Huber Erasmo CIFUENTES, Petitioner, v. Eric H. HOLDER, Jr., United States Attorney General, Respondent.
ORDER AND JUDGMENT*
The immigration judge (IJ) determined that Huber Erasmo Cifuentes had abandoned his application for relief under section 203 of the Nicaragua Adjustment and Central American Refugee Act (NACARA) because, contrary to a directive in the notice setting his hearing, Mr. Cifuentes did not have his NACARA application ready for filing at the hearing. The Board of Immigration Appeals (BIA) dismissed Mr. Cifuentes' appeal, holding that he had notice of the filing deadline and that the IJ properly deemed his application abandoned when he failed to timely file it. See 8 C.F.R. § 1003.31(c). Before this court, Mr. Cifuentes renews his argument that he was denied procedural due process because he did not have adequate notice to present his NACARA application at the hearing. Our review of this constitutional question is de novo. See Alzainati v. Holder, 568 F.3d 844, 851 (10th Cir.2009).
“An alien in removal proceedings is entitled only to the Fifth Amendment guarantee of fundamental fairness. Therefore, when facing removal, aliens are entitled only to procedural due process, which provides the opportunity to be heard at a meaningful time and in a meaningful matter.” Schroeck v. Gonzales, 429 F.3d 947, 952 (10th Cir.2005) (internal quotation marks and citation omitted). “This right to be heard has little reality or worth unless one is informed that the matter is pending and can choose for himself whether to appear or default, acquiesce or contest.” Mullane v. Cent. Hanover Bank & Trust Co., 339 U.S. 306, 314 (1950). Accordingly, “[a]n elementary and fundamental requirement of due process ․ is notice reasonably calculated, under all the circumstances, to apprise interested parties of the pendency of the action and afford them an opportunity to present their objections.” Id.
The administrative record contains a Notice of Hearing in Removal Proceedings dated June 4, 2009, scheduling Mr. Cifuentes' hearing for July 7, 2009. On the notice's last line listing “Attachments,” the box for “Other” is checked, and a hand-drawn arrow points to a stamp in the right side of the bottom margin of the page. This stamp states:
Any and all Applications are due on this hearing date—to be filed in person at the Oklahoma City Court. Applications and other filings must follow the EOIR Practice Manual Guidelines to be accepted. Any Applications not filed on this date may be deemed abandoned by the Judge.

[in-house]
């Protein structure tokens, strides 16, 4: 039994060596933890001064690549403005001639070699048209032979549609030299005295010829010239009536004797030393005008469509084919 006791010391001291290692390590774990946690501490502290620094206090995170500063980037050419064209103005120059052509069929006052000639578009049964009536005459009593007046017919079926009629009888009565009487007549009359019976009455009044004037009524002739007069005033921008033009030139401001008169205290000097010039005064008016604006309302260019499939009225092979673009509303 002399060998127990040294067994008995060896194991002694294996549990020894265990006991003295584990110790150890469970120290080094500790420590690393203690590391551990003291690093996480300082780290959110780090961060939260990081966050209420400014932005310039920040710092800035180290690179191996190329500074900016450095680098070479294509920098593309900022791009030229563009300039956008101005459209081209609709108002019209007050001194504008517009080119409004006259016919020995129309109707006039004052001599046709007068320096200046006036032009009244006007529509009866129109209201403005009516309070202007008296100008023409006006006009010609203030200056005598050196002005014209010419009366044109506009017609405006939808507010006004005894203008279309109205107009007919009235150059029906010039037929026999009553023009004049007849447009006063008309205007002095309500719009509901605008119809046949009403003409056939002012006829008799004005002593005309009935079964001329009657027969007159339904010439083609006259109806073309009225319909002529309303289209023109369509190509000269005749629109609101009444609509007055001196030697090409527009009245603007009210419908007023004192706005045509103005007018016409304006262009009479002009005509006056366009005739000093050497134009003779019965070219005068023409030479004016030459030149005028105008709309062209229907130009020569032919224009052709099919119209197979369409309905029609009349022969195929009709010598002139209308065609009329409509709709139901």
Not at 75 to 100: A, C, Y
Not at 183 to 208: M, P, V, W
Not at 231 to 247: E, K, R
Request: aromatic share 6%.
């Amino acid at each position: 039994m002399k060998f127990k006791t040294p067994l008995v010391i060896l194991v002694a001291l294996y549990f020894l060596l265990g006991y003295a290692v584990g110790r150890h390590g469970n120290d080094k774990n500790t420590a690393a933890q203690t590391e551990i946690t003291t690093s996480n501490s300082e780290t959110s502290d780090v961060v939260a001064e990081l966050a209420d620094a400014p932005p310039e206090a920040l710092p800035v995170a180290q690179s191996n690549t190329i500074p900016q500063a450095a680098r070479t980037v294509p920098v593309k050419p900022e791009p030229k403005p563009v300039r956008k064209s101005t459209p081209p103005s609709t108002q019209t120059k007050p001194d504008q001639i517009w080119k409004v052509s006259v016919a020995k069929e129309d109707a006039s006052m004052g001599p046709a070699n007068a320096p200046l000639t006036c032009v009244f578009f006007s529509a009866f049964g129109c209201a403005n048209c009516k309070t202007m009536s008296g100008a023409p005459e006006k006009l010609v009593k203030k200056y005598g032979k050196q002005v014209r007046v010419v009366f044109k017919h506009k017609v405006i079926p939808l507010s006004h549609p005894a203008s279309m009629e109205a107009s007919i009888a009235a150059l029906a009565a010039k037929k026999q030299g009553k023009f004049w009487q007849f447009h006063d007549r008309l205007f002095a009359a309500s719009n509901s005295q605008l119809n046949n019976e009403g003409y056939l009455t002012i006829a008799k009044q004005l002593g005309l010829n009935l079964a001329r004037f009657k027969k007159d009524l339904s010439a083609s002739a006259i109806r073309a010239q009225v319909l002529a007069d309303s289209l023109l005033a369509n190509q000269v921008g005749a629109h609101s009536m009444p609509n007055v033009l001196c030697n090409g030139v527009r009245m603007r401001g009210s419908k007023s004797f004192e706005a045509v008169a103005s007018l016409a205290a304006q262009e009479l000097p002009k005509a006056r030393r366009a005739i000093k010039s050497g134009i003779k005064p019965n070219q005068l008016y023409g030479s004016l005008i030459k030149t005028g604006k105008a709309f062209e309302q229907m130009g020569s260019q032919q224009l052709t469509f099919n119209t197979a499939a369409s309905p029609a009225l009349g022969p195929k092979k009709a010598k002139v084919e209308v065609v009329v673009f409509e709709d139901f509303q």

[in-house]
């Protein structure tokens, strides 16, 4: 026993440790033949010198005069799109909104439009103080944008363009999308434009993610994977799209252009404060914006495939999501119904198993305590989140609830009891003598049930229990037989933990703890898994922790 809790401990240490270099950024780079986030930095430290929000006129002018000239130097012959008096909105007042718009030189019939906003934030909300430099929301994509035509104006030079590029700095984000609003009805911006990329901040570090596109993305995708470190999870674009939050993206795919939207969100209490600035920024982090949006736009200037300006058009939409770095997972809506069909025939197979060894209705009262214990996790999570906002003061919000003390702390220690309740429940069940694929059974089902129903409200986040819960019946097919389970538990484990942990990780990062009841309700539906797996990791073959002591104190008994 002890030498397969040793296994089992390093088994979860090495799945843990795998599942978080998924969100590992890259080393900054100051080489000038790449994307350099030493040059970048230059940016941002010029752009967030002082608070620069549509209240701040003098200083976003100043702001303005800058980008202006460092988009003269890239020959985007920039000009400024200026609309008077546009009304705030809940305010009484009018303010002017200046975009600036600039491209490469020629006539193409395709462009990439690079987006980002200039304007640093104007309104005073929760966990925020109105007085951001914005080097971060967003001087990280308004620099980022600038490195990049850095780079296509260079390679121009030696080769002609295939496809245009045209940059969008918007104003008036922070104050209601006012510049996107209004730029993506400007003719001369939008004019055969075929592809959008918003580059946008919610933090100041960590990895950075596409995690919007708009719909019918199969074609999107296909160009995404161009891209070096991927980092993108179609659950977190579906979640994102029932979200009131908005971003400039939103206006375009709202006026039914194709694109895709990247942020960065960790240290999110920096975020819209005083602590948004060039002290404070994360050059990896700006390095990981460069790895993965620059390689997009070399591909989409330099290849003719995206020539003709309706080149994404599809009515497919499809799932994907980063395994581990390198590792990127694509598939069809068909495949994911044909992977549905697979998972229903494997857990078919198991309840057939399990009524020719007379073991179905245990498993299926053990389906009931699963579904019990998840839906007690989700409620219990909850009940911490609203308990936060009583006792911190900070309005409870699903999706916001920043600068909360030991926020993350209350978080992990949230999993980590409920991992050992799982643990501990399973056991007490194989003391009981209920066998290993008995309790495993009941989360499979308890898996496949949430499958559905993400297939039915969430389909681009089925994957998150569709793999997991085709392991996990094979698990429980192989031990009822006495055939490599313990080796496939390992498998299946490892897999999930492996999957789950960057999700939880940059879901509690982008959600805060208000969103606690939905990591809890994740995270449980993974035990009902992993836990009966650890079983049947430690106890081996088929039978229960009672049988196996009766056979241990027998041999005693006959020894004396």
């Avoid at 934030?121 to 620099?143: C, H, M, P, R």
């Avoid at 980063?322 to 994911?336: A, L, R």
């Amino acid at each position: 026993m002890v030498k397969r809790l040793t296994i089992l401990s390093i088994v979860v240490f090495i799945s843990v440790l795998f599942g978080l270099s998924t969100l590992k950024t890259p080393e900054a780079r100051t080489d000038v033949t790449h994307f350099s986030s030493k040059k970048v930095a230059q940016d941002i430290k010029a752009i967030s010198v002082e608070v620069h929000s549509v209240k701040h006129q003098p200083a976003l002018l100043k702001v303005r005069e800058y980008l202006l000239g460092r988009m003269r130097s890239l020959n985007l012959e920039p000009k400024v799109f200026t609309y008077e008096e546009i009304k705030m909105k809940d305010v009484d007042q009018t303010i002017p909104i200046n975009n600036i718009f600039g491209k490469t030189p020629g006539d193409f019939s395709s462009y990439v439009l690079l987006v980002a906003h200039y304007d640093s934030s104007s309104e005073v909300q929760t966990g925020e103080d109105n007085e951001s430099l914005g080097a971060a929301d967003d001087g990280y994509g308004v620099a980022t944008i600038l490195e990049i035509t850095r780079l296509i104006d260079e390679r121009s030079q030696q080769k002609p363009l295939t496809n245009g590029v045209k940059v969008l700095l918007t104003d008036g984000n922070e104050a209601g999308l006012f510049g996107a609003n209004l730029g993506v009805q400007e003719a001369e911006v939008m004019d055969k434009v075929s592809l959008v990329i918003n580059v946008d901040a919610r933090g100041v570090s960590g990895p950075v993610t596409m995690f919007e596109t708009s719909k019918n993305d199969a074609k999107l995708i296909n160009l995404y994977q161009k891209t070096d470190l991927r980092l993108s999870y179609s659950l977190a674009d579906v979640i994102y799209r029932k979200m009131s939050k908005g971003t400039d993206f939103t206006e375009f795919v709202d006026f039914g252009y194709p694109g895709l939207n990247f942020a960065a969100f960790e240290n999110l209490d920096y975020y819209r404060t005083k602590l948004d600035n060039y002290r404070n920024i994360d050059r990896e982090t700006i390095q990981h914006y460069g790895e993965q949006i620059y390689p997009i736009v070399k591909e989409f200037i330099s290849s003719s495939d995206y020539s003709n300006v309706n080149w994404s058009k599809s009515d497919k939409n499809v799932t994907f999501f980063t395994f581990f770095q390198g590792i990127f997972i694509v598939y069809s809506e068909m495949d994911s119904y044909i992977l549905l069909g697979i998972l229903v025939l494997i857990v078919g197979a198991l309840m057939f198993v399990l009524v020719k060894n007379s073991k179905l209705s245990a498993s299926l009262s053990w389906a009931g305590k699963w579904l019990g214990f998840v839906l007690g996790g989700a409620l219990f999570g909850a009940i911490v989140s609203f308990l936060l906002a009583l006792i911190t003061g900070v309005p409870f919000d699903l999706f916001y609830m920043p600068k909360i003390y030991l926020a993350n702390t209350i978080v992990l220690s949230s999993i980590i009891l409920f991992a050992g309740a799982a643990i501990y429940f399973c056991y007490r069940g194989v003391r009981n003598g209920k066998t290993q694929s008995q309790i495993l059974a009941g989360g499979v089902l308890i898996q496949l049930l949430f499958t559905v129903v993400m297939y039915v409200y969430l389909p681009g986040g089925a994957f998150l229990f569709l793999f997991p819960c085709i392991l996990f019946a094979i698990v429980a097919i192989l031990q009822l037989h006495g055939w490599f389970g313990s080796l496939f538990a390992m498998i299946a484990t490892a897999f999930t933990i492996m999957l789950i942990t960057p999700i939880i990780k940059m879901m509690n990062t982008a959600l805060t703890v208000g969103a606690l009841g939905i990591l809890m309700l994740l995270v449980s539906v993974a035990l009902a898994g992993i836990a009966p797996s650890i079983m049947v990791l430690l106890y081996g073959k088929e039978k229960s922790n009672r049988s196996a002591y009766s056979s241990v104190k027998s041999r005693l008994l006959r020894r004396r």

Admin. R. at 306. Mr. Cifuentes asserts that this stamp did not constitute adequate notice that he was to appear at the hearing with his NACARA application in hand. His attorney actually received the June 4, 2009, hearing notice, but apparently either did not see it or did not understand that it required Mr. Cifuentes to have the NACARA application ready for filing at the hearing.
The stamp is in slightly smaller text than the remainder of the notice, but it is not hidden or unreadable. In plain language, and a month in advance, it establishes a deadline for filing applications and advises of the potential consequences for failing to meet the deadline. If counsel had any questions or concerns about the advisement, such as the source of authority for issuing it or how it might be relevant to Mr. Cifuentes' case, he could have contacted the immigration court for more information. Although we recognize that the result may be harsh, in “our system of representative litigation,” Mr. Cifuentes “is deemed bound by the acts of his lawyer-agent.” Link v. Wabash R.R. Co., 370 U.S. 626, 634 (1962). Counsel's failure to understand the import of the stamp does not mean that the notice was so inadequate as to work a denial of due process.
The petition for review is denied.
FOOTNOTE. After examining the briefs and appellate record, this panel has determined unanimously to grant the parties' request for a decision on the briefs without oral argument. See Fed. R.App. P. 34(f); 10th Cir. R. 34.1(G). The case is therefore ordered submitted without oral argument. This order and judgment is not binding precedent, except under the doctrines of law of the case, res judicata, and collateral estoppel. It may be cited, however, for its persuasive value consistent with Fed. R.App. P. 32.1 and 10th Cir. R. 32.1.
MONROE G. McKAY, Circuit Judge.